Poets of SMITTEN Speak: Aviva Lilith

Aviva Lilith is a queer poet who, like a flower, enjoys the sway of fate. She’s been writing since elementary school, working towards earning a BFA in creative writing and photography at the New Hampshire Institute of Art. Along with poetry and flowers, she enjoys knitting, cloud gazing, and dumpster diving for new collage materials.

Do you think there is enough representation of lesbian poetry and writing in general and if no, what do you think is the reason?

No, and I don’t think so because lesbian voices are not out there enough, and when they are it is within a community of other lesbian poetry and other lesbian readers and writers. I think I just wish that LGBTQ voices were more integrated and “normal” within the void of everyone else. It is really really nice to have our own community, and I think it’s also necessary in order to be understood and to understand. But my hope is that one day (in my lifetime) there won’t need to be a separation.Woman Motivational Quote Facebook Post(19).png

When you found out SMITTEN was about women who loved women, without the emphasis on erotica that is usually the case – could you immediately think of ways to express that love through writing?

Absolutely. I feel so much poetry in my head and body when it comes to my love, and I have an entire file full of pieces and whole poems that I don’t feel like I can submit just anywhere. It’s nice to have a place for them to go!

How do cultural differences influence how lesbian and bi writers communicate or experience life?

This is such a huge part of being lesbian/bi, that most people can’t understand unless they are going through the same thing. In my culture, it isn’t really “normal” to be homosexual. I’m lucky my mom is liberal, because with the Jewish community, it’s really hit or miss with this stuff. My dad’s side of the family (hispanic), it wasn’t so easy to come out and still be part of the family. In fact, I was so scared that I didn’t ever come out. Still to this day. Woman Motivational Quote Facebook Post(20).pngMy family knows about me, they know I have a girlfriend, but I never got the opportunity to properly come out and get closure about the issue. I have family members that passively dismiss me or post on Facebook about their views while knowing that I could be hurt by these posts. It’s one of the reasons why I deleted my social media.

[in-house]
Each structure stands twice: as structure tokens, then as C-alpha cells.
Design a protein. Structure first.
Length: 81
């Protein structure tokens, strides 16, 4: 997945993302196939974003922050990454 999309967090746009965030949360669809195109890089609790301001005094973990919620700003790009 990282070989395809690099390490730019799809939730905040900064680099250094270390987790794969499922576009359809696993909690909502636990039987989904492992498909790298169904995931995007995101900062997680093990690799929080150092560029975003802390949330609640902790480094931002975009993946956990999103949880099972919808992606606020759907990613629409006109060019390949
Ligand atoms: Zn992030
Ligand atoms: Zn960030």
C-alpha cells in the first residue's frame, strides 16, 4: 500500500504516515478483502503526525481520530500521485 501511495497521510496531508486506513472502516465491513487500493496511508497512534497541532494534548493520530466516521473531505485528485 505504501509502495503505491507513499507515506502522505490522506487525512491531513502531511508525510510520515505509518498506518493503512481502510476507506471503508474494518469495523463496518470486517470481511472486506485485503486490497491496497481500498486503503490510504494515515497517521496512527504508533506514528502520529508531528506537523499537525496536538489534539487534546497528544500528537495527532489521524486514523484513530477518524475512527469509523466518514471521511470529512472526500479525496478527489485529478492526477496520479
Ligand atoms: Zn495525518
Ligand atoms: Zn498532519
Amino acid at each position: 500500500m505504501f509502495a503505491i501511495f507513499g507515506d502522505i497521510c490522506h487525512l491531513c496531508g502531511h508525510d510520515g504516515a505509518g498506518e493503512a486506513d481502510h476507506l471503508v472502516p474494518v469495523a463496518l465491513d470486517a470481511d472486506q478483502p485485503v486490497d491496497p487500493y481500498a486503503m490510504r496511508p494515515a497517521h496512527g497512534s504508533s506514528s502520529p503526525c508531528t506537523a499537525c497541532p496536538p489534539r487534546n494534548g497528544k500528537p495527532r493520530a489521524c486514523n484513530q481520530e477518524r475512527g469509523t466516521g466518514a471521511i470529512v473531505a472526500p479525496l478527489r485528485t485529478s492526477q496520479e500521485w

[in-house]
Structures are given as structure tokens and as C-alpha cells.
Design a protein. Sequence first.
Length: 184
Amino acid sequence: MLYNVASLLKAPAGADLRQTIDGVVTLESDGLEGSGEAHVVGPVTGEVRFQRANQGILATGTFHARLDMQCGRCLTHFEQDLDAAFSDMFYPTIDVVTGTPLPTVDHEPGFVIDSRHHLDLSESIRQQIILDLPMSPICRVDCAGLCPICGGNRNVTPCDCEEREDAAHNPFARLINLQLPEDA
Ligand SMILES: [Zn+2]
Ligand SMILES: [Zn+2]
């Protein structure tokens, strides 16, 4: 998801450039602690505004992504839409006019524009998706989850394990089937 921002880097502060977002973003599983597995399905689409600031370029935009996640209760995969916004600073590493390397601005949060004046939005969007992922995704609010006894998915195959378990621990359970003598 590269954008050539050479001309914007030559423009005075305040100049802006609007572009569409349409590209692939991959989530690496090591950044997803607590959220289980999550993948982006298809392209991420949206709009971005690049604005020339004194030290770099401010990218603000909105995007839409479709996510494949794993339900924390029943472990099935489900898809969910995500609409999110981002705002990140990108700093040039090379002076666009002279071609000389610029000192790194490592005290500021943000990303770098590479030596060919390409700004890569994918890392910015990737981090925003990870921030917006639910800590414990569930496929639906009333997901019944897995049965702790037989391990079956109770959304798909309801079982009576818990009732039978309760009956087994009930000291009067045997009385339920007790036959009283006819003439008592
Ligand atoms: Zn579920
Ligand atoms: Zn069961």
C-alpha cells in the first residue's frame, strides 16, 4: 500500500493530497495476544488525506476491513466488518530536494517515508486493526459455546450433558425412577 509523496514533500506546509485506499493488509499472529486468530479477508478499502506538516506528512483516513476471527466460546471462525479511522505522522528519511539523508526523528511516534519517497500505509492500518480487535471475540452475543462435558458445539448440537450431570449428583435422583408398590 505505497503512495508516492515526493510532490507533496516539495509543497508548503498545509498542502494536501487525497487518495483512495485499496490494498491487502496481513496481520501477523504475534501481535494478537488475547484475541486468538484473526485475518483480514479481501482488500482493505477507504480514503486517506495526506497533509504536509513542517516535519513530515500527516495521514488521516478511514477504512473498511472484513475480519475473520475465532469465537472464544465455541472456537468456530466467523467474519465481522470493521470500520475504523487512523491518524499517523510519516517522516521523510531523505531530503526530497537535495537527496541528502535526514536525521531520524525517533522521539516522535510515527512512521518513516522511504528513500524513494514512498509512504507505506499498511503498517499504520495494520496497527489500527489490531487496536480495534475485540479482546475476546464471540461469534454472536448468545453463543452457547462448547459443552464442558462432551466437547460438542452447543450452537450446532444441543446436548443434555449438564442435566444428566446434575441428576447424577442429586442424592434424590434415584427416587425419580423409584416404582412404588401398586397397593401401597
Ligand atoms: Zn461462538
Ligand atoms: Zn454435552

SMITTEN is a collection from throughout the world we have writers from India, Africa, Australia, Canada, the UK, France and many other countries. What does a multicultural collection accomplish?

Multiculture is so important! How can we understand our own culture if we don’t know what other cultures bring? Especially for artists and poets, culture is so important to get a diverse opinion on this shared experience called life. I depend on learning and understanding others in order to grow and learn about myself.

How is being a JEWISH lesbian different and what does the jewish lesbian voice bring to the table?

Lesbian voices are already marginalized, we aren’t something that just anyone would pick up and read. Being Jewish is something that has always marginalized my voice. This combination is important to me, because there aren’t enough lesbian Jewish poets out there, and I know that growing up, I struggled a lot to test my limits in what I can write or feel or say about being lesbian and Jewish. I wished I had more role models to look up to that were like me. I feel like there’s a specific voice that is always pushed in school, in the media, in America. That voice wasn’t one I could relate to. I needed someone who understood my culture, as anti-semitism has always been in my life. I also needed someone who was apart of my culture to help me understand the feelings I was going through when I started liking girls.Woman Motivational Quote Facebook Post(21).png

SMITTEN is coming out late October, 2019 via all good book stores. Published by Indie Blu(e) www.indieblu.net 

Please consider supporting this project of over 120+ talented poets and authors by purchasing a copy of SMITTEN for someone who appreciates beautiful poetry. https://www.facebook.com/SMITTENwomen/